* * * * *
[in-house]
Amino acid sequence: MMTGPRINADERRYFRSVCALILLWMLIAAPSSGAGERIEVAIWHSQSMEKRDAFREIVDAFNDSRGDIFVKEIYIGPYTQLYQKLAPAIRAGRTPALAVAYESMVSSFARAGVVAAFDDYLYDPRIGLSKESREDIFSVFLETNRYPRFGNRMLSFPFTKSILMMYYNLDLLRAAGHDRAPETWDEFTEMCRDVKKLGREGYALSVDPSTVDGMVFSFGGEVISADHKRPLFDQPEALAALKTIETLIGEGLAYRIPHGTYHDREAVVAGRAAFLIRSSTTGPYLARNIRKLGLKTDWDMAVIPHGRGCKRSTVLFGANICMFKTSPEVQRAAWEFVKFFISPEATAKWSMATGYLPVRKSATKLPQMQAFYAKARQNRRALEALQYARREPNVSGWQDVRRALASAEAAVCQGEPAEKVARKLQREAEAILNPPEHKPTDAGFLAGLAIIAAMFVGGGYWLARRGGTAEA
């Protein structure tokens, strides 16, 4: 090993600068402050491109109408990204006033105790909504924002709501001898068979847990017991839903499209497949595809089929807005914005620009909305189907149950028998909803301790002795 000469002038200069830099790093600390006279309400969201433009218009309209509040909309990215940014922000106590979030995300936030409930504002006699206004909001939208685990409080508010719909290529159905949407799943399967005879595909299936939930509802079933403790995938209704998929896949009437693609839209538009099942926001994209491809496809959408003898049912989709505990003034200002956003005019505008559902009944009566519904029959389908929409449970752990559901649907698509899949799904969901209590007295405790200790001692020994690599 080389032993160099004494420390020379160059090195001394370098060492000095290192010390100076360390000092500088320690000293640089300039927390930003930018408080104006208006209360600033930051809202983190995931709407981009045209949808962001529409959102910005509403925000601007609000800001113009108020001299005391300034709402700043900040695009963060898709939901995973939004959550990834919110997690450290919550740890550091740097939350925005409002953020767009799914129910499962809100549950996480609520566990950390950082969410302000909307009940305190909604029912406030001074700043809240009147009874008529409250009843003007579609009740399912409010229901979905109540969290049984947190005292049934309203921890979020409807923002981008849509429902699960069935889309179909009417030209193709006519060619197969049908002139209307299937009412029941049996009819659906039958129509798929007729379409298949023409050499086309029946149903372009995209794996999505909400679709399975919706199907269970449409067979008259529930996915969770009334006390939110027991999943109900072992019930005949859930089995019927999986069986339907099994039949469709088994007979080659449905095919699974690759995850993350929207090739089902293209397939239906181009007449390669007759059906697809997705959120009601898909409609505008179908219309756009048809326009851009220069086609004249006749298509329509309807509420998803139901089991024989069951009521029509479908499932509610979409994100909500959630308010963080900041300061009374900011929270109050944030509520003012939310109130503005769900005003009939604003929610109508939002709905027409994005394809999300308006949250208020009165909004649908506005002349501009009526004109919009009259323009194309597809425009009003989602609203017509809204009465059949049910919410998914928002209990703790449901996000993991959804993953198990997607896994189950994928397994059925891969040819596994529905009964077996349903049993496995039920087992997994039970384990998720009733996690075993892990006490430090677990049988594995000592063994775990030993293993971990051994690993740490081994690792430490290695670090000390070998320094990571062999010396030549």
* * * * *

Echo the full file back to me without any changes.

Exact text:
[in-house]
Amino acid sequence: MMTGPRINADERRYFRSVCALILLWMLIAAPSSGAGERIEVAIWHSQSMEKRDAFREIVDAFNDSRGDIFVKEIYIGPYTQLYQKLAPAIRAGRTPALAVAYESMVSSFARAGVVAAFDDYLYDPRIGLSKESREDIFSVFLETNRYPRFGNRMLSFPFTKSILMMYYNLDLLRAAGHDRAPETWDEFTEMCRDVKKLGREGYALSVDPSTVDGMVFSFGGEVISADHKRPLFDQPEALAALKTIETLIGEGLAYRIPHGTYHDREAVVAGRAAFLIRSSTTGPYLARNIRKLGLKTDWDMAVIPHGRGCKRSTVLFGANICMFKTSPEVQRAAWEFVKFFISPEATAKWSMATGYLPVRKSATKLPQMQAFYAKARQNRRALEALQYARREPNVSGWQDVRRALASAEAAVCQGEPAEKVARKLQREAEAILNPPEHKPTDAGFLAGLAIIAAMFVGGGYWLARRGGTAEA
């Protein structure tokens, strides 16, 4: 090993600068402050491109109408990204006033105790909504924002709501001898068979847990017991839903499209497949595809089929807005914005620009909305189907149950028998909803301790002795 000469002038200069830099790093600390006279309400969201433009218009309209509040909309990215940014922000106590979030995300936030409930504002006699206004909001939208685990409080508010719909290529159905949407799943399967005879595909299936939930509802079933403790995938209704998929896949009437693609839209538009099942926001994209491809496809959408003898049912989709505990003034200002956003005019505008559902009944009566519904029959389908929409449970752990559901649907698509899949799904969901209590007295405790200790001692020994690599 080389032993160099004494420390020379160059090195001394370098060492000095290192010390100076360390000092500088320690000293640089300039927390930003930018408080104006208006209360600033930051809202983190995931709407981009045209949808962001529409959102910005509403925000601007609000800001113009108020001299005391300034709402700043900040695009963060898709939901995973939004959550990834919110997690450290919550740890550091740097939350925005409002953020767009799914129910499962809100549950996480609520566990950390950082969410302000909307009940305190909604029912406030001074700043809240009147009874008529409250009843003007579609009740399912409010229901979905109540969290049984947190005292049934309203921890979020409807923002981008849509429902699960069935889309179909009417030209193709006519060619197969049908002139209307299937009412029941049996009819659906039958129509798929007729379409298949023409050499086309029946149903372009995209794996999505909400679709399975919706199907269970449409067979008259529930996915969770009334006390939110027991999943109900072992019930005949859930089995019927999986069986339907099994039949469709088994007979080659449905095919699974690759995850993350929207090739089902293209397939239906181009007449390669007759059906697809997705959120009601898909409609505008179908219309756009048809326009851009220069086609004249006749298509329509309807509420998803139901089991024989069951009521029509479908499932509610979409994100909500959630308010963080900041300061009374900011929270109050944030509520003012939310109130503005769900005003009939604003929610109508939002709905027409994005394809999300308006949250208020009165909004649908506005002349501009009526004109919009009259323009194309597809425009009003989602609203017509809204009465059949049910919410998914928002209990703790449901996000993991959804993953198990997607896994189950994928397994059925891969040819596994529905009964077996349903049993496995039920087992997994039970384990998720009733996690075993892990006490430090677990049988594995000592063994775990030993293993971990051994690993740490081994690792430490290695670090000390070998320094990571062999010396030549």